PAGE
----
“Appraising the effect of the different classes of securities on the content of financial reports” Introduction Financial statements are the tools through which the performance of the company is being evaluated

“Appraising the effect of the different classes of securities on the content of financial reports”
Introduction
Financial statements are the tools through which the performance of the company is being evaluated. In the financial reporting of the company, financial securities have very crucial role as the transactions carry monetary value that impacts the overall presentation of financial performance in financial reports. There are mainly three different classes of securities, Equity securities, Debt securities and Derivative securities. The detailed descriptions of the securities and their impact on the content of financial reports like as Balance sheet, cash flow statement and Income statement are here under:
Equitable Securities and its effect on the content of financial reports
Equitable securities are the ownership of the company and these are issued by any company, either for the expansion purpose or to retire the medium or long-term debts. The financial statements have different impacts of the kind of transaction of the security, as surplus is recorded in the equity portion of the balance sheet that shows thecompany has much high owning as compared to liabilities.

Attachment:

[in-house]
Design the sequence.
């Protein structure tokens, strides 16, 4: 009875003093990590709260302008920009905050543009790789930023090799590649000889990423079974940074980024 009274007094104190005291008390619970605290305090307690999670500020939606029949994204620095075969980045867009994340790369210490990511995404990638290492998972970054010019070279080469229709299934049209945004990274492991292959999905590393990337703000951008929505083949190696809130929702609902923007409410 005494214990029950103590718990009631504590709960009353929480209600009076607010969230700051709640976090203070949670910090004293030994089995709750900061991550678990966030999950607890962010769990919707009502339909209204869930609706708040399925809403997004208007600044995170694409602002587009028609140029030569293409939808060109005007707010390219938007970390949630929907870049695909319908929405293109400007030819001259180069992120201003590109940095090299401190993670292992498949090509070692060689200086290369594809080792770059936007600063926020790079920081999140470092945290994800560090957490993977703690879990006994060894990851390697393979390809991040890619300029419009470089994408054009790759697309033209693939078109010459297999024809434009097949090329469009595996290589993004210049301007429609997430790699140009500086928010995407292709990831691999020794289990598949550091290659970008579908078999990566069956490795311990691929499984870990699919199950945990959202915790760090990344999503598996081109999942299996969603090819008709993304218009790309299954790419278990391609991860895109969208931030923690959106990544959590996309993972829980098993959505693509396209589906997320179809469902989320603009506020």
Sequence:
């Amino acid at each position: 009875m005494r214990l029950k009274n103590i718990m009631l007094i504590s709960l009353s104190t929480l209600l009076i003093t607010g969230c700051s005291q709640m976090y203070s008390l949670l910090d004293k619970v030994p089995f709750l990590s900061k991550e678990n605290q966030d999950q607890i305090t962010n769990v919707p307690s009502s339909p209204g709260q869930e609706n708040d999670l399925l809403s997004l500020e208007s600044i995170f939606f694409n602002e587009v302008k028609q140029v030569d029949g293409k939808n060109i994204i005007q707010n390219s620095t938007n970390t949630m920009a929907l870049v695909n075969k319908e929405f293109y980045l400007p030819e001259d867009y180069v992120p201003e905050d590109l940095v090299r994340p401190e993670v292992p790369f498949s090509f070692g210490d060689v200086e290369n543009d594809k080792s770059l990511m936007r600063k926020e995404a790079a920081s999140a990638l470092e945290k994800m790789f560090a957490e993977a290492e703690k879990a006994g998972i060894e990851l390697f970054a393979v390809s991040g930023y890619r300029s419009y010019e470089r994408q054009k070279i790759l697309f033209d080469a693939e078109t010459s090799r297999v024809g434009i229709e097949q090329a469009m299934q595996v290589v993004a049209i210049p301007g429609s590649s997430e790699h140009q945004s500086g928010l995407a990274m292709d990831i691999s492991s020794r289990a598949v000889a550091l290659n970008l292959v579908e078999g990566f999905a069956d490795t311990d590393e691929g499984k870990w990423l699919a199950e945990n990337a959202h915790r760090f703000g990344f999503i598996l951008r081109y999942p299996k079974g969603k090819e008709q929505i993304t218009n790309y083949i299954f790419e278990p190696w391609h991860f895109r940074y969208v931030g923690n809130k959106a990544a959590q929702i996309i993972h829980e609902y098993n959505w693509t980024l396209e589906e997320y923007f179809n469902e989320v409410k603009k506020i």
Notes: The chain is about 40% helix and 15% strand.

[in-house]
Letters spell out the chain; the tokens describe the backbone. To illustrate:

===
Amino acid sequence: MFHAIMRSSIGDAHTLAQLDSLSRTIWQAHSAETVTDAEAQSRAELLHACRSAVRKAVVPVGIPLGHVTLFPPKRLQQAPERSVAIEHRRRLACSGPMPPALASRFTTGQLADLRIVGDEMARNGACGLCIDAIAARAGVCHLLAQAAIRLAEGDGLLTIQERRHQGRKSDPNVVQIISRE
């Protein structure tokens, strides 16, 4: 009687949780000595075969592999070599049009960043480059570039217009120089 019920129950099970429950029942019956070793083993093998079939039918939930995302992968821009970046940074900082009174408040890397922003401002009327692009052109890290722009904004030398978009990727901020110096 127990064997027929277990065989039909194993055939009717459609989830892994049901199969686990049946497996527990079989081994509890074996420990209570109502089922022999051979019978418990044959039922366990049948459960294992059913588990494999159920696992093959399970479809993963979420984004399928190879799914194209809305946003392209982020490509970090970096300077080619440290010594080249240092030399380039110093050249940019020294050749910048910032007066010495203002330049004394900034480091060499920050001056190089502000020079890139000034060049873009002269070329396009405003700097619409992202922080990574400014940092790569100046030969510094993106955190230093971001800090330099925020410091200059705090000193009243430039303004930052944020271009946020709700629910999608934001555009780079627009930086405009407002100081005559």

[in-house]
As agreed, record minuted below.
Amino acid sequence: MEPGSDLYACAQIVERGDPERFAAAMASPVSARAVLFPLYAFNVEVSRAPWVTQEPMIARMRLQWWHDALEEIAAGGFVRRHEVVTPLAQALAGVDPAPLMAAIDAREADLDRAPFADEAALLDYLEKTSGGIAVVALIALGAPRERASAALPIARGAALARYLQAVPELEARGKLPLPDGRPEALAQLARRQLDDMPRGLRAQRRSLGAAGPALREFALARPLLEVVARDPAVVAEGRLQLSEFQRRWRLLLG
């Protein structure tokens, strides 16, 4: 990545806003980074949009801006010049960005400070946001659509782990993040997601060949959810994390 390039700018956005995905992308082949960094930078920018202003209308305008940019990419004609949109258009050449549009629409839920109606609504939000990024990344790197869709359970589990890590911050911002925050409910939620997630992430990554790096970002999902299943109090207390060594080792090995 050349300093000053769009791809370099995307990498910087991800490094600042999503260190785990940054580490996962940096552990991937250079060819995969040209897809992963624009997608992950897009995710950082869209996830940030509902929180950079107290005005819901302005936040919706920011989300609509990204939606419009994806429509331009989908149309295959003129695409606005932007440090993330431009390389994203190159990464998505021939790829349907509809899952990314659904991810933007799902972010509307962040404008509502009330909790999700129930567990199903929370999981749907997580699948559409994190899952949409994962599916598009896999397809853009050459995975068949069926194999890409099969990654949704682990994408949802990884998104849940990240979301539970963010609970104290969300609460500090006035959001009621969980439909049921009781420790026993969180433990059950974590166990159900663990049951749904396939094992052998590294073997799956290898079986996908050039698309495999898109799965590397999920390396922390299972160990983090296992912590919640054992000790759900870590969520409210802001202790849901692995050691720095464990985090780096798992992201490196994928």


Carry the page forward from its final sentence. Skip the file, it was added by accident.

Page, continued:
As the company issues common stock, the case is debitedfrom the cash account, and equity account is credited with the same balance. It increases bank balance, as well as equity, thus shows a dual impact on the financial statements (Shin, 2014).This is not done if some transactions do not affect balance sheet such as stock splits and reverse stock splits as the higher number of shares in the outstanding and the value goes to tandem. Whenever the company issues its equity and raises cash, it reflects in cash flow statement and balance sheet without impacting the income statement. Although, in the income statement, nothing is required to mention about the equities since income statement is concerned only about the sales, expenses and profit. But, payback on equities comes out of the profits of the company which need to be reflected in the income statement. On the flip side, if the payment is made out of the retained earnings, it will also impact the net income of the company and its income statement. So, this is how equities affect the net income and profitability level of business thus affects financial statements (Christensen et al., 2017).